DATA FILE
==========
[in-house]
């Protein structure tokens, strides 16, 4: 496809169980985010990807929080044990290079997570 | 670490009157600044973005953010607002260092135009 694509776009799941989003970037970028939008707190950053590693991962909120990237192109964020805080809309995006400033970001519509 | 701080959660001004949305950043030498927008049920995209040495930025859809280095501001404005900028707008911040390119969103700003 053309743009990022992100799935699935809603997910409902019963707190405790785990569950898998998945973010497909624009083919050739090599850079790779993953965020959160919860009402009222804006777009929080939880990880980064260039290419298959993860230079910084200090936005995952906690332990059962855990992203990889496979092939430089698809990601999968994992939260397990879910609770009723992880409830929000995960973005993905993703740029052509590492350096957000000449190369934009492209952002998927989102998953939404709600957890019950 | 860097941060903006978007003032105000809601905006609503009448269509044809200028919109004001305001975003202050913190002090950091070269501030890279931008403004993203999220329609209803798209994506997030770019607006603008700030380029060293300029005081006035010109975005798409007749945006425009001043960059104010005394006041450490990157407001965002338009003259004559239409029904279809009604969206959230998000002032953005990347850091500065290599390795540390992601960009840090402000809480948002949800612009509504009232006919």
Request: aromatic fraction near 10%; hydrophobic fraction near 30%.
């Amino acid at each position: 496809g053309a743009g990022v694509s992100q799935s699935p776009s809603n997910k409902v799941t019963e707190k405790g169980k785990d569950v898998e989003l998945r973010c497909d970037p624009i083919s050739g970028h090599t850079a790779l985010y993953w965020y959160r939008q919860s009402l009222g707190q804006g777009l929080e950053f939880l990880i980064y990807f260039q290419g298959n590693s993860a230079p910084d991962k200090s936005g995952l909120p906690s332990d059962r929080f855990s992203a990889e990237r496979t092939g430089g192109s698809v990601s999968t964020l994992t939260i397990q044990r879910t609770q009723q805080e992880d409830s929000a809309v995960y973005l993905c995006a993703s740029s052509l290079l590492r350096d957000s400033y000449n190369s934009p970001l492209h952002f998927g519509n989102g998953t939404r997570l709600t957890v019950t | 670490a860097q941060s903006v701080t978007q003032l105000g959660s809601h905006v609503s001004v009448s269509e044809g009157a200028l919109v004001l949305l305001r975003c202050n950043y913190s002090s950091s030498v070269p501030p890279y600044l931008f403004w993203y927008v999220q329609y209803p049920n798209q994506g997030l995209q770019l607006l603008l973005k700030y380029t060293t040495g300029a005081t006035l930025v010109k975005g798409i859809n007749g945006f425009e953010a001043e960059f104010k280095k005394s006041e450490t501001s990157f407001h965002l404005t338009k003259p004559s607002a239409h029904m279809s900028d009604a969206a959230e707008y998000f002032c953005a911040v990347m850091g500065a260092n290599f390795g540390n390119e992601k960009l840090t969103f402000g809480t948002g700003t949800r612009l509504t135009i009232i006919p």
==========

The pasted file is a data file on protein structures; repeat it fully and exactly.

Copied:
[in-house]
């Protein structure tokens, strides 16, 4: 496809169980985010990807929080044990290079997570 | 670490009157600044973005953010607002260092135009 694509776009799941989003970037970028939008707190950053590693991962909120990237192109964020805080809309995006400033970001519509 | 701080959660001004949305950043030498927008049920995209040495930025859809280095501001404005900028707008911040390119969103700003 053309743009990022992100799935699935809603997910409902019963707190405790785990569950898998998945973010497909624009083919050739090599850079790779993953965020959160919860009402009222804006777009929080939880990880980064260039290419298959993860230079910084200090936005995952906690332990059962855990992203990889496979092939430089698809990601999968994992939260397990879910609770009723992880409830929000995960973005993905993703740029052509590492350096957000000449190369934009492209952002998927989102998953939404709600957890019950 | 860097941060903006978007003032105000809601905006609503009448269509044809200028919109004001305001975003202050913190002090950091070269501030890279931008403004993203999220329609209803798209994506997030770019607006603008700030380029060293300029005081006035010109975005798409007749945006425009001043960059104010005394006041450490990157407001965002338009003259004559239409029904279809009604969206959230998000002032953005990347850091500065290599390795540390992601960009840090402000809480948002949800612009509504009232006919």
Request: aromatic fraction near 10%; hydrophobic fraction near 30%.
């Amino acid at each position: 496809g053309a743009g990022v694509s992100q799935s699935p776009s809603n997910k409902v799941t019963e707190k405790g169980k785990d569950v898998e989003l998945r973010c497909d970037p624009i083919s050739g970028h090599t850079a790779l985010y993953w965020y959160r939008q919860s009402l009222g707190q804006g777009l929080e950053f939880l990880i980064y990807f260039q290419g298959n590693s993860a230079p910084d991962k200090s936005g995952l909120p906690s332990d059962r929080f855990s992203a990889e990237r496979t092939g430089g192109s698809v990601s999968t964020l994992t939260i397990q044990r879910t609770q009723q805080e992880d409830s929000a809309v995960y973005l993905c995006a993703s740029s052509l290079l590492r350096d957000s400033y000449n190369s934009p970001l492209h952002f998927g519509n989102g998953t939404r997570l709600t957890v019950t | 670490a860097q941060s903006v701080t978007q003032l105000g959660s809601h905006v609503s001004v009448s269509e044809g009157a200028l919109v004001l949305l305001r975003c202050n950043y913190s002090s950091s030498v070269p501030p890279y600044l931008f403004w993203y927008v999220q329609y209803p049920n798209q994506g997030l995209q770019l607006l603008l973005k700030y380029t060293t040495g300029a005081t006035l930025v010109k975005g798409i859809n007749g945006f425009e953010a001043e960059f104010k280095k005394s006041e450490t501001s990157f407001h965002l404005t338009k003259p004559s607002a239409h029904m279809s900028d009604a969206a959230e707008y998000f002032c953005a911040v990347m850091g500065a260092n290599f390795g540390n390119e992601k960009l840090t969103f402000g809480t948002g700003t949800r612009l509504t135009i009232i006919p």